For four wonderful months, we have had the opportunity to get to know Italy, England and Ireland in much more detail than we had acquired in 40 years of sporadic visits. Thanks to everyone who came along for the ride.
The amount of time we spent here was new, particularly for Italy, where we traveled around for 88 of the 90 days permitted by visa restrictions. And of course, the amount of time it’s been since our first and subsequent visits to all three places has lengthened.
So maybe that accounts for the changes we think we observed this time around. Some were dramatic.
Is it us, or has the foreign-ness of Europe changed? Are we just more accustomed to languages, foods and plumbing different than our own, or is everything just that much more like our own? (We will make an exception for plumbing.)
The Italians seemed less Italian; the English less English; the Irish less Irish – though all still charmingly idiosyncratic. All the roads had adequate signage (a major achievement in Ireland) and every Italian train ran on time. And I’m talking about maybe 75 train trips.
Everyone knew everything going on in our country, and so we got immediately up to speed on Brexit and its potential impact around the world, the Troubles, and the legacy of Berlusconi. The speed of communication and the passion for news made it feel like we were still in New York. And that’s a shame, because we really did want a divorce from American politics this summer. But sadly, every taxi driver wanted to analyze Donald Trump, and there was no event in our country that we didn’t have to try to explain. That was impossible when it came to horrors like what’s going on with the police and the black community, and the American passion for being armed.
Every young person we met seemed to have learned their perfectly nuanced English from Friends. Now, while we think we watched this TV show as much as anyone, when contestants on British quiz shows know immediately that Kathleen Turner played Chandler’s dad, and that Gunther’s crush on Rachel was a running theme, it feels like the world has become one big living room and we can all share the same jokes.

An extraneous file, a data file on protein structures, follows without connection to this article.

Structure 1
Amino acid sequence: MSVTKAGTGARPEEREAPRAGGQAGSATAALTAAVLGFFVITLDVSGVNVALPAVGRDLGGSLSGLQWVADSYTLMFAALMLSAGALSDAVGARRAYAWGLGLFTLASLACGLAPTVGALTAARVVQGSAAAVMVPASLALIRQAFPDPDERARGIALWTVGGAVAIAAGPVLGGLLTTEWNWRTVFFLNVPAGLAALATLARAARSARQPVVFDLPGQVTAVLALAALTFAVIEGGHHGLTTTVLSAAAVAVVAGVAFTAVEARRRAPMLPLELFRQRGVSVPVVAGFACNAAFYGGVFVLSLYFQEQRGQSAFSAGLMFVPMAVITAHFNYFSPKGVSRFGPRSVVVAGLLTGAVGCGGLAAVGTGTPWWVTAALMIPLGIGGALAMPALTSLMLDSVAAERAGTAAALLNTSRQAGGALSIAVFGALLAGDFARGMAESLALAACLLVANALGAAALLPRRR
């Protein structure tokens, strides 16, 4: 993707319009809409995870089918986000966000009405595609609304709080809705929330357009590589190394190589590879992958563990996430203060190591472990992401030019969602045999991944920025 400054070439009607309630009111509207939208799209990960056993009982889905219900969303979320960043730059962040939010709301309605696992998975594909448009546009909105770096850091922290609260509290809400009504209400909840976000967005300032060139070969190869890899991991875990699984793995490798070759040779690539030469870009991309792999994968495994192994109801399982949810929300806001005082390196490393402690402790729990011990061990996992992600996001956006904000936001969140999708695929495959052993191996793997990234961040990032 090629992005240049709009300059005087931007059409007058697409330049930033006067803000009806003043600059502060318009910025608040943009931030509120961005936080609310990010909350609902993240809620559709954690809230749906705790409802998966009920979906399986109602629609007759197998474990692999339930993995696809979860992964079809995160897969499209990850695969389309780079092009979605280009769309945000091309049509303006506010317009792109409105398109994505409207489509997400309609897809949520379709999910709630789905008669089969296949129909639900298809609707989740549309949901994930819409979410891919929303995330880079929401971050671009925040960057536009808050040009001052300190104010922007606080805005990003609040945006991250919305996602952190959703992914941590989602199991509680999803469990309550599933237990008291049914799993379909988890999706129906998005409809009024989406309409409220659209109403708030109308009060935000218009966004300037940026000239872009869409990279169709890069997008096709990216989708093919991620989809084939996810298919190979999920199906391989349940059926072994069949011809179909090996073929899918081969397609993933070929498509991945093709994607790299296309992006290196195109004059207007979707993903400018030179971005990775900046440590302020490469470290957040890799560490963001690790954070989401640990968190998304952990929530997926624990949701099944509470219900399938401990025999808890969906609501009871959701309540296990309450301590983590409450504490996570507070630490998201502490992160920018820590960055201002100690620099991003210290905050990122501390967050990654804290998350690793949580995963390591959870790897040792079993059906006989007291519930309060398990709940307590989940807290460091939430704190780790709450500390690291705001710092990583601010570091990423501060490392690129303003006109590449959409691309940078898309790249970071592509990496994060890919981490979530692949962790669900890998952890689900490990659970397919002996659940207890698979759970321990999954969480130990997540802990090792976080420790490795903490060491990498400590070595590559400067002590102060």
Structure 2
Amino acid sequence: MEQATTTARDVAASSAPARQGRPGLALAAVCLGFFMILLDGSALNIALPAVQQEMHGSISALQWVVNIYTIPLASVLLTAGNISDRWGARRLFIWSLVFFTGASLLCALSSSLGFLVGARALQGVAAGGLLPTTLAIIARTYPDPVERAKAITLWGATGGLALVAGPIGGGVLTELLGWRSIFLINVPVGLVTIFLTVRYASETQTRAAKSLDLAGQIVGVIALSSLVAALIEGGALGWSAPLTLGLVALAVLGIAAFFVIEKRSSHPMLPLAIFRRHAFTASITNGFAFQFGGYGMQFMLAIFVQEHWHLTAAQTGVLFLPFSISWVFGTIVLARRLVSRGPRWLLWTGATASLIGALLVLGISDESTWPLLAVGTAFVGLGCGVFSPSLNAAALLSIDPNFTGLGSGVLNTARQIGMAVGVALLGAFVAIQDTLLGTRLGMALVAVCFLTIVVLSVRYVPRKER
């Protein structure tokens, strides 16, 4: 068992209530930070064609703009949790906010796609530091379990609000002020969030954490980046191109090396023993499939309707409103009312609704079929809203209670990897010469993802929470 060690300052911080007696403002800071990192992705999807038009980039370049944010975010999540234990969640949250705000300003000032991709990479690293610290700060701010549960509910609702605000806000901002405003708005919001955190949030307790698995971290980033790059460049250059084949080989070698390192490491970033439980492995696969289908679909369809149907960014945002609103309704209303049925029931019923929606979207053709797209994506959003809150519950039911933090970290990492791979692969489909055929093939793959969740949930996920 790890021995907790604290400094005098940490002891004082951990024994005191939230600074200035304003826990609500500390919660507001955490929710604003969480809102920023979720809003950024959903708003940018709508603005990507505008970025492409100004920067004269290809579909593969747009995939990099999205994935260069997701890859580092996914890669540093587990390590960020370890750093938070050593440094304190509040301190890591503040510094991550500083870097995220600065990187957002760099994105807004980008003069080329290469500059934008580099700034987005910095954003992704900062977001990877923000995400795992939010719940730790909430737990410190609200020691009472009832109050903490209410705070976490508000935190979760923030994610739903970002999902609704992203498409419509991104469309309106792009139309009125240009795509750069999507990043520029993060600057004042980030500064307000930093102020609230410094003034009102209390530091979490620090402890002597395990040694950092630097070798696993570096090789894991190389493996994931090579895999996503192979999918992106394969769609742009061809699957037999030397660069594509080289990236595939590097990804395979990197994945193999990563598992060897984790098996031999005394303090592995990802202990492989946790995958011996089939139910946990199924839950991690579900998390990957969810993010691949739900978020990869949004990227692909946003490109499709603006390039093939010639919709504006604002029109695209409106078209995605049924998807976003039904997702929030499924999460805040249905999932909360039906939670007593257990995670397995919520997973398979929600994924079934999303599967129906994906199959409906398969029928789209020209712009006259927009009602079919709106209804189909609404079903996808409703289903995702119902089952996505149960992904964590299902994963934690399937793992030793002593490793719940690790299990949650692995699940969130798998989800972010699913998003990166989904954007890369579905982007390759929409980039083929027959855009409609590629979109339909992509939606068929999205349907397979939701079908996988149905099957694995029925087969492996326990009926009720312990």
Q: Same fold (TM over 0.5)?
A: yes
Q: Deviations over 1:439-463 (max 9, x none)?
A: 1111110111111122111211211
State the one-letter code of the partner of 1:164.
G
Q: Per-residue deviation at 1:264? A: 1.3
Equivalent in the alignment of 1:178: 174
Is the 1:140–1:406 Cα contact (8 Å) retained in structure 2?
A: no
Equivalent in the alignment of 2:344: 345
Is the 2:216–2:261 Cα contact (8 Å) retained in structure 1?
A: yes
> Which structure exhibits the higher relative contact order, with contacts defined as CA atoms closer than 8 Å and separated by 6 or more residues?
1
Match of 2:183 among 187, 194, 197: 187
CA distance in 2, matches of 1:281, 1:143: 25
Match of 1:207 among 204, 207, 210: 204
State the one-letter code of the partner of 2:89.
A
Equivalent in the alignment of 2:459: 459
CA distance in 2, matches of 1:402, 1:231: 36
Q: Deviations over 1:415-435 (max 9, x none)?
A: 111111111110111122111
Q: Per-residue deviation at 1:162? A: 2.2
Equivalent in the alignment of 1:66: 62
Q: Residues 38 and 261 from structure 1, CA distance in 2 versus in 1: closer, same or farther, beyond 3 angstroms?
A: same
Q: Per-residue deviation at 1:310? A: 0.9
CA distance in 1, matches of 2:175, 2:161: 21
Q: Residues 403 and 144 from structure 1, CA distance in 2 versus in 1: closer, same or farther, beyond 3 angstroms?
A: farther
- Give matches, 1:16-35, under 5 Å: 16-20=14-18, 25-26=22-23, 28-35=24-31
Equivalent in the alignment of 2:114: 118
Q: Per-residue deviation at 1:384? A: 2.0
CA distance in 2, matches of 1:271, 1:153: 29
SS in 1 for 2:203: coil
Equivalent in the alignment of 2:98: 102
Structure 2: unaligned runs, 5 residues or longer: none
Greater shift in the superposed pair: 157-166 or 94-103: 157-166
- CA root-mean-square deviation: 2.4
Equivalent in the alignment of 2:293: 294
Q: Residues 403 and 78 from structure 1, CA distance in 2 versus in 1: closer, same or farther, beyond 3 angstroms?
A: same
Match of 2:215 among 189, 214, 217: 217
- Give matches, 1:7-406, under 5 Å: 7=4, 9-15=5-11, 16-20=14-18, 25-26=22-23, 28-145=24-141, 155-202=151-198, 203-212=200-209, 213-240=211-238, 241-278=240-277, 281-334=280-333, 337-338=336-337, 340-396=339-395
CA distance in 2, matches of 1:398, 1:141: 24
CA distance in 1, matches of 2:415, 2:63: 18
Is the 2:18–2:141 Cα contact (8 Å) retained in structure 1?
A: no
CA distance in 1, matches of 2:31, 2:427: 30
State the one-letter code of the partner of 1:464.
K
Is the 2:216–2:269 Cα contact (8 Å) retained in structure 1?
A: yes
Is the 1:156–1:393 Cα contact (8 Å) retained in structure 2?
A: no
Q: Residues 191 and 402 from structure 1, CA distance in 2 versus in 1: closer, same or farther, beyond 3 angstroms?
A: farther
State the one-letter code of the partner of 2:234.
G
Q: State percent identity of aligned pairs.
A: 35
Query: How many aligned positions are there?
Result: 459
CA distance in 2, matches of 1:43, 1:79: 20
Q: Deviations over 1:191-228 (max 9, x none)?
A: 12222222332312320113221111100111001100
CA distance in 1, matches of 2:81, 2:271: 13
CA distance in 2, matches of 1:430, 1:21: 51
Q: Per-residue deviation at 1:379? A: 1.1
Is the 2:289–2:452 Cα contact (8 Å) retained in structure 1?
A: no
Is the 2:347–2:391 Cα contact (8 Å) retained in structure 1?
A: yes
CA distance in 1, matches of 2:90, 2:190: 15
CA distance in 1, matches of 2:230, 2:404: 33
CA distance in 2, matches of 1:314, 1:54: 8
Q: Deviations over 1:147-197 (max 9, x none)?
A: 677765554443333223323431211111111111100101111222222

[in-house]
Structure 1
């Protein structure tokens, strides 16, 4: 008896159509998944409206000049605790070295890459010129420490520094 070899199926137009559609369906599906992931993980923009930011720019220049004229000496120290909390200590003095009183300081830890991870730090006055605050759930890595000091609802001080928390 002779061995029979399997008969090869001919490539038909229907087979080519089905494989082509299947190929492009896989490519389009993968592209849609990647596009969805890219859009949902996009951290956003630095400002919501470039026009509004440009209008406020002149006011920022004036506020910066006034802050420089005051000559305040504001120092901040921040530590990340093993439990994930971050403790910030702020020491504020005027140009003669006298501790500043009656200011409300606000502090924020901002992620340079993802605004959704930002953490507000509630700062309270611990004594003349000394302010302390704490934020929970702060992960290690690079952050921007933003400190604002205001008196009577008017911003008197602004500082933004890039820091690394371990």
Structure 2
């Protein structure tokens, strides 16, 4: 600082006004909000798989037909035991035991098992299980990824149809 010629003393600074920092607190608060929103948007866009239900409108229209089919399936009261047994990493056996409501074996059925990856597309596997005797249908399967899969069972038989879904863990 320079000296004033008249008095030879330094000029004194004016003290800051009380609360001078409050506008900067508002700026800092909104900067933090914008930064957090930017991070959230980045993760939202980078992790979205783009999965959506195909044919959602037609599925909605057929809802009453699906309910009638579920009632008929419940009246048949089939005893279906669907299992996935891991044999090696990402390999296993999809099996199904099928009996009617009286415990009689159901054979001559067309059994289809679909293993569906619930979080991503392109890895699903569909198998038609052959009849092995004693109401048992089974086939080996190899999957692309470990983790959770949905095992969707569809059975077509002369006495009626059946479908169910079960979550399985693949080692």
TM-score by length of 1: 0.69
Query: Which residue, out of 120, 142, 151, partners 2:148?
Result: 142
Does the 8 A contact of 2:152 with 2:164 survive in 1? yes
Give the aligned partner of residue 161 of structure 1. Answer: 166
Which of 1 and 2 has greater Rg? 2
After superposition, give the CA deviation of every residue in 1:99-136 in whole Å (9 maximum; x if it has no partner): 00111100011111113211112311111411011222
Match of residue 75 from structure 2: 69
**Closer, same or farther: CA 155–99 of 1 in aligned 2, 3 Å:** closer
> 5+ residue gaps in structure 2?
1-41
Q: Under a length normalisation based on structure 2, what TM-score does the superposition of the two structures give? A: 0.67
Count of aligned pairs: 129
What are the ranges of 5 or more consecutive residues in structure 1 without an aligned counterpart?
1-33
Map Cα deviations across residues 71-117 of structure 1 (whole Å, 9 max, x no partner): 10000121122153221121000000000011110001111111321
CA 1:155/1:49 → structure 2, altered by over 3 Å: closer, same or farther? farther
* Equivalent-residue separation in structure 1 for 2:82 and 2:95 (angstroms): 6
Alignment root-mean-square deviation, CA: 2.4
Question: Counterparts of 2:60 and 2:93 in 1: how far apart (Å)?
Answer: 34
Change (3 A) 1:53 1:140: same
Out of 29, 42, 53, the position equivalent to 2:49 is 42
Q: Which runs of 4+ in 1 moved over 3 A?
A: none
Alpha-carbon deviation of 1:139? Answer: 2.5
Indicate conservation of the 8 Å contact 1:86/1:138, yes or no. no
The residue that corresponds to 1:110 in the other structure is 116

That’s a wonderful thing in so many ways. But it does mean that some of the romance of European travel is gone, for us. It’s now so familiar and so accessible. Who knew we would ever be lucky enough to be blasé about having next year’s trip to London already booked? (Have to see the Harry Potter play, of course.)
But it also seems to mean, that as with real-life friends, we are able to affect – and hurt – each other so much more easily. What one side does, the other feels.
I very much hope that when we return in March, our dear friends here will not look at us with regret and ask unanswerable questions about how we allowed America to let the world down. When we come here next, I would like to represent the kind of friend that everyone wants to know better and see more of. No country has it easy these days, and it does seem that leaders everywhere we went have lost their shine and often the respect of their people. How sad it would be to lose the respect of the whole world too.
Here’s hoping we can all still be friends, no matter what tough times each of us might have to work through. There’s always a joke in there somewhere.